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Porting Asynchronous Background Tasks from Android Honeycomb to Windows Phone Mango - Fundamental Differencies

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This article explains the high level differences of asynchronous background tasks in Windows Phone 7.5 (Mango) and Android Honeycomb.

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Article Metadata
Platform(s): Windows Phone 7.5, Android Honeycomb
Windows Phone 7.5
Created: vuorinen.juuso (02 Jan 2012)
Last edited: hamishwillee (27 Jun 2013)



There has been quite a bit of discussion on several blogs and discussion forums on how Android and Windows Phone deal with background tasks. The platforms have APIs for managing background jobs. These APIs are not that different.

Different APIs for different purposes

The two APIs are designed for different purpose - the Android API serves both app developers and platform developers while the Windows Phone API is for application developers only:

  • Android developers are not only creating new applications but are also implementing new features for the platform, either using the Android flavor of the Java programming tools or a combination of Java and native code.
  • As the Windows Phone audience is not expected to implement new features for the platform itself the API can be made easier to use, and the cost of being less flexible.

As the use cases for the two APIs are different, it is reasonable that the APIs look different. Android provides a more abstract solution to the problem; the APIs are more generic than the Microsoft ones. Microsoft provides more off-the-shelf oriented solution to manage the key use cases for background processing.

API usability

Windows Phone Mango APIs are designed to be as easy to use as possible. The platform makes every effort that you would not write bad code that would hog all system resources. Mango background tasks run once in every 30 minutes. So called resource intensive background jobs only run if some predefined conditions, such as the availability of a high-speed network, are met. Application developers can only do what is allowed by the framework. This is the big picture.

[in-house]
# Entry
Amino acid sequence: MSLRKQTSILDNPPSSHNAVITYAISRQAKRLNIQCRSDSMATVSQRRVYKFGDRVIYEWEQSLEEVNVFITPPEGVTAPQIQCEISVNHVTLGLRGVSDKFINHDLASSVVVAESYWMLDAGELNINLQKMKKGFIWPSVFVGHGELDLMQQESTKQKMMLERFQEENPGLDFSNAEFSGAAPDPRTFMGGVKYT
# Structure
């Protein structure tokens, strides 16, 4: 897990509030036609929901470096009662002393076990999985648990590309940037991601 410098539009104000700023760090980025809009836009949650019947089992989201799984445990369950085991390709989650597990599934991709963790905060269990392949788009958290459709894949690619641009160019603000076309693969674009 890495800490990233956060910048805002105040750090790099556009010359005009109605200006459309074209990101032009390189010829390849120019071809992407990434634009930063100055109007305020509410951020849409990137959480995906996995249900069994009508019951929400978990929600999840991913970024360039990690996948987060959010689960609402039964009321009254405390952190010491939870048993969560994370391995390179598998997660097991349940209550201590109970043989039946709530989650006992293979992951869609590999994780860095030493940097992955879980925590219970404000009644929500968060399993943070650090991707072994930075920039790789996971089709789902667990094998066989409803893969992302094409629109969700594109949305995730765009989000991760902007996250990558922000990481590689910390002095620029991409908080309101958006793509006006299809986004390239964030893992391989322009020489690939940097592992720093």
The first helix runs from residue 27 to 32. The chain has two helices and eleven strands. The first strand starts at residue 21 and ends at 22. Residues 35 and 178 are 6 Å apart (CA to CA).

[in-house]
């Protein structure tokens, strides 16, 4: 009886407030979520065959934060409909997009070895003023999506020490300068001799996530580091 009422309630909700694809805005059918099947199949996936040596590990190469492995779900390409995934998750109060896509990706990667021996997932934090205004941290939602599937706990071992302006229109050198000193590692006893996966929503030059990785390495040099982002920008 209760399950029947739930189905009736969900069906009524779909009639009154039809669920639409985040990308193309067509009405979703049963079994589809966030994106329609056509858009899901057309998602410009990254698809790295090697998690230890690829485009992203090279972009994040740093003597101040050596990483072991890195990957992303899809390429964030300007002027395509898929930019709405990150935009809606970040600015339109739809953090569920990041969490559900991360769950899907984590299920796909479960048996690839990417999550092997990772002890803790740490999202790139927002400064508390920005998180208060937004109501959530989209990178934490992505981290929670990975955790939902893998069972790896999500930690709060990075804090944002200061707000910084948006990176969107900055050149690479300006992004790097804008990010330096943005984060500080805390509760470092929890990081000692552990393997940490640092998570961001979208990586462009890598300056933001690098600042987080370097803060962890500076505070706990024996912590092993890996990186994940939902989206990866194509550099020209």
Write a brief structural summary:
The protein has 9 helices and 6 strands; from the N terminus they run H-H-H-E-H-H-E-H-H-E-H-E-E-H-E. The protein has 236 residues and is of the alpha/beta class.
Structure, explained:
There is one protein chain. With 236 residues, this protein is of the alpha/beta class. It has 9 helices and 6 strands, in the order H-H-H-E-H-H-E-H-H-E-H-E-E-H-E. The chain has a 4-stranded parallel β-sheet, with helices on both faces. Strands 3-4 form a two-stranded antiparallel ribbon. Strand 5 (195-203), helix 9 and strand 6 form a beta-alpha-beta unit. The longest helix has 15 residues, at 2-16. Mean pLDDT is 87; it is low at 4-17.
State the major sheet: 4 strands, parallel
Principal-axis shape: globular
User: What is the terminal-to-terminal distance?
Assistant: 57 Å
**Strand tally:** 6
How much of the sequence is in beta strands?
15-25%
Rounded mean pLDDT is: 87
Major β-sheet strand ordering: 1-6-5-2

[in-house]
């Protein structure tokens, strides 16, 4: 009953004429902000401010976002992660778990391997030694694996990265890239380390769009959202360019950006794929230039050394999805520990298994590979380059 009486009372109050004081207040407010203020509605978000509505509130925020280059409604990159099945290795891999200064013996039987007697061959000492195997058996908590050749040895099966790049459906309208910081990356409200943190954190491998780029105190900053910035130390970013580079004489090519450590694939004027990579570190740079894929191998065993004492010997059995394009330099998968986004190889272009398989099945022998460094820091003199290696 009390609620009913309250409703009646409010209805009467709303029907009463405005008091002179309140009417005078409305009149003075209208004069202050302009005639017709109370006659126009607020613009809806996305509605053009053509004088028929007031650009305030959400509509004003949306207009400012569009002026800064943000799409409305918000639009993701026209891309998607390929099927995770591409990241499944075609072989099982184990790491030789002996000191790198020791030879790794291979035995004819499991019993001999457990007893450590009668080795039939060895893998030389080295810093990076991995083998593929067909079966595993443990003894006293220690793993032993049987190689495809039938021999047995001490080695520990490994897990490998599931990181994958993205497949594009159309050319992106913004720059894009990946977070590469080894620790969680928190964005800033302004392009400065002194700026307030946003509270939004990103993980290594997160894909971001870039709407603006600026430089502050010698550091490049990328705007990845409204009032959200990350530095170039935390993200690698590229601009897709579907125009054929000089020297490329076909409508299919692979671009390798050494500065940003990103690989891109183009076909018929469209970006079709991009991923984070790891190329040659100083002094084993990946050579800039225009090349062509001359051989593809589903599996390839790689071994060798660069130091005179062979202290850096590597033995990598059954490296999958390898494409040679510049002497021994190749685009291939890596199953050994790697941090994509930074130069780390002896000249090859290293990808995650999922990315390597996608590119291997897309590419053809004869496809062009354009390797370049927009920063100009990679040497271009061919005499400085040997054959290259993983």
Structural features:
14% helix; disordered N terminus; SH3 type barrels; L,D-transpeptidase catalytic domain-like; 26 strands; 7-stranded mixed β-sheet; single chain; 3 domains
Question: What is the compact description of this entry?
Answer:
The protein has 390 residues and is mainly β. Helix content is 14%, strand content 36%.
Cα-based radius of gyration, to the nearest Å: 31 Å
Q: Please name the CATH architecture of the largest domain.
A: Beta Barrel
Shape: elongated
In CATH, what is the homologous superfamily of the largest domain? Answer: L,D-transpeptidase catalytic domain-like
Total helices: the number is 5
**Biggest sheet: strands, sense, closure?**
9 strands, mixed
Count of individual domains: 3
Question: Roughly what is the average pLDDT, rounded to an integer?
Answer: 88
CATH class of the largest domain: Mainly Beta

The Microsoft approach has some advantages. Restricting applications to only run their background tasks once in every 30 minutes leaves the rest of the system with more execution time. Also, application developers are not given an option to make the services accidentally run at a too high priority with no particular reason. By designing the different APIs for different purposes, such as playing audio, makes it easy for developers to use them; generic APIs are typically more complicated to use as there is more configuration to be done – different use cases, different parameters, several overloads and so on. On the other hand there is already a great deal of easy-to-use APIs for Android that do the same things as their Mango counterparts.

Application developer's perspective - more or less resources in use depending on the platform

The APIs to create background services for Android and Windows Phone Mango are functionally very similar. It is often a question of playing audio, notifying the user, setting an alarm and so forth. The key difference in implementing background tasks for the two platforms is the degree of freedom in defining how much execution time and other resources you can possible use.

In case of Android, the developer can create a background task with so called foreground priority. This means that the system will not kill the task or at least tries to keep the task alive as long as possible.

More information on the fundamental differences

You can make such an Android service run in the background, but keep in mind that your threads are scheduled at a relatively high priority and the resources you are using are considered high priority ones, too. Your task is not sacrificed first if the system is running out of resources. Your task should be a jolly important one. With great power comes great responsibility. For Android you use the same APIs to write platform code and application code, though there are some APIs which are for internal use only. Dianne Hackborn from Google has been constantly answering somewhat tough background task related questions. A very good overview document of Android multitasking can be found at The document leaves some questions, such as thread priority issues unanswered, but is definitely a good starting point.

For Windows Phone Mango you are restricted to use the dedicated background APIs to manage certain use cases such as audio playback with heavy restrictions on resource usage. The Mango approach is somewhat safer when it comes to the thousands of applications that users can download from the different marketplaces. Microsoft is making a great effort to make it impossible for an application developer to write an application that eats up all resources. You can find more information on implementing background tasks for Windows Phone at


It will be interesting to see where we will be about a year from now - will the APIs still be the same for both platforms and what kind of porting issues we are likely to bump into when we port code from Android to Windows Phone that is supposed to run in the "background".

This page was last modified on 27 June 2013, at 05:05.
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